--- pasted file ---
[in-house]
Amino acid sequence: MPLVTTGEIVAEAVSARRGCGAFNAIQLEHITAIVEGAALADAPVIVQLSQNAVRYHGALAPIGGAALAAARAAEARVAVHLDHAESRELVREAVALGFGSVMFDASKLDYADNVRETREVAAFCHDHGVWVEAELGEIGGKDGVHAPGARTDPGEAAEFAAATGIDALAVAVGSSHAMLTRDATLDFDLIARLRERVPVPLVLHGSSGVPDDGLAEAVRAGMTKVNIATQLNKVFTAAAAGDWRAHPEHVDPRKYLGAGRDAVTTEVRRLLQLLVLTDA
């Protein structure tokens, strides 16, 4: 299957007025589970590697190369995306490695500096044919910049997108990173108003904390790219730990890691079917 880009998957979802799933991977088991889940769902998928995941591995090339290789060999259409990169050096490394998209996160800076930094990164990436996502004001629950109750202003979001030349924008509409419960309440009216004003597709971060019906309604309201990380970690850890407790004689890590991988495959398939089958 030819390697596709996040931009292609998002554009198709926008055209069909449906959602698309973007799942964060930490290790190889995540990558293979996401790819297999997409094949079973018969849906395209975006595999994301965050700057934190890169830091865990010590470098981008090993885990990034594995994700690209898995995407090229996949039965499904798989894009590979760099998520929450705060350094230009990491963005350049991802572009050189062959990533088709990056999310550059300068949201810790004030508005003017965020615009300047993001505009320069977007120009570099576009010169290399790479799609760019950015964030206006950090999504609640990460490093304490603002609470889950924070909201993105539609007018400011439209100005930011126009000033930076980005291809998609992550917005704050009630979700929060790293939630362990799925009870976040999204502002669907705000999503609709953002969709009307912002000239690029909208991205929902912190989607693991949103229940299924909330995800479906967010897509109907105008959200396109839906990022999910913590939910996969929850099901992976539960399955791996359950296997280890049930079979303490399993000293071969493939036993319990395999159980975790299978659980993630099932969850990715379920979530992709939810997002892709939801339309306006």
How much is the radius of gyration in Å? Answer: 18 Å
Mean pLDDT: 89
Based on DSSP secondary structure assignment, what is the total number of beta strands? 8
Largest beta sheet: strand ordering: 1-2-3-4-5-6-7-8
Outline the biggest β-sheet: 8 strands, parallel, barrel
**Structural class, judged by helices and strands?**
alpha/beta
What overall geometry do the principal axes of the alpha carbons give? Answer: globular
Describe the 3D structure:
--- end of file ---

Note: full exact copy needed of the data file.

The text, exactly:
[in-house]
Amino acid sequence: MPLVTTGEIVAEAVSARRGCGAFNAIQLEHITAIVEGAALADAPVIVQLSQNAVRYHGALAPIGGAALAAARAAEARVAVHLDHAESRELVREAVALGFGSVMFDASKLDYADNVRETREVAAFCHDHGVWVEAELGEIGGKDGVHAPGARTDPGEAAEFAAATGIDALAVAVGSSHAMLTRDATLDFDLIARLRERVPVPLVLHGSSGVPDDGLAEAVRAGMTKVNIATQLNKVFTAAAAGDWRAHPEHVDPRKYLGAGRDAVTTEVRRLLQLLVLTDA
């Protein structure tokens, strides 16, 4: 299957007025589970590697190369995306490695500096044919910049997108990173108003904390790219730990890691079917 880009998957979802799933991977088991889940769902998928995941591995090339290789060999259409990169050096490394998209996160800076930094990164990436996502004001629950109750202003979001030349924008509409419960309440009216004003597709971060019906309604309201990380970690850890407790004689890590991988495959398939089958 030819390697596709996040931009292609998002554009198709926008055209069909449906959602698309973007799942964060930490290790190889995540990558293979996401790819297999997409094949079973018969849906395209975006595999994301965050700057934190890169830091865990010590470098981008090993885990990034594995994700690209898995995407090229996949039965499904798989894009590979760099998520929450705060350094230009990491963005350049991802572009050189062959990533088709990056999310550059300068949201810790004030508005003017965020615009300047993001505009320069977007120009570099576009010169290399790479799609760019950015964030206006950090999504609640990460490093304490603002609470889950924070909201993105539609007018400011439209100005930011126009000033930076980005291809998609992550917005704050009630979700929060790293939630362990799925009870976040999204502002669907705000999503609709953002969709009307912002000239690029909208991205929902912190989607693991949103229940299924909330995800479906967010897509109907105008959200396109839906990022999910913590939910996969929850099901992976539960399955791996359950296997280890049930079979303490399993000293071969493939036993319990395999159980975790299978659980993630099932969850990715379920979530992709939810997002892709939801339309306006």
How much is the radius of gyration in Å? Answer: 18 Å
Mean pLDDT: 89
Based on DSSP secondary structure assignment, what is the total number of beta strands? 8
Largest beta sheet: strand ordering: 1-2-3-4-5-6-7-8
Outline the biggest β-sheet: 8 strands, parallel, barrel
**Structural class, judged by helices and strands?**
alpha/beta
What overall geometry do the principal axes of the alpha carbons give? Answer: globular
Describe the 3D structure: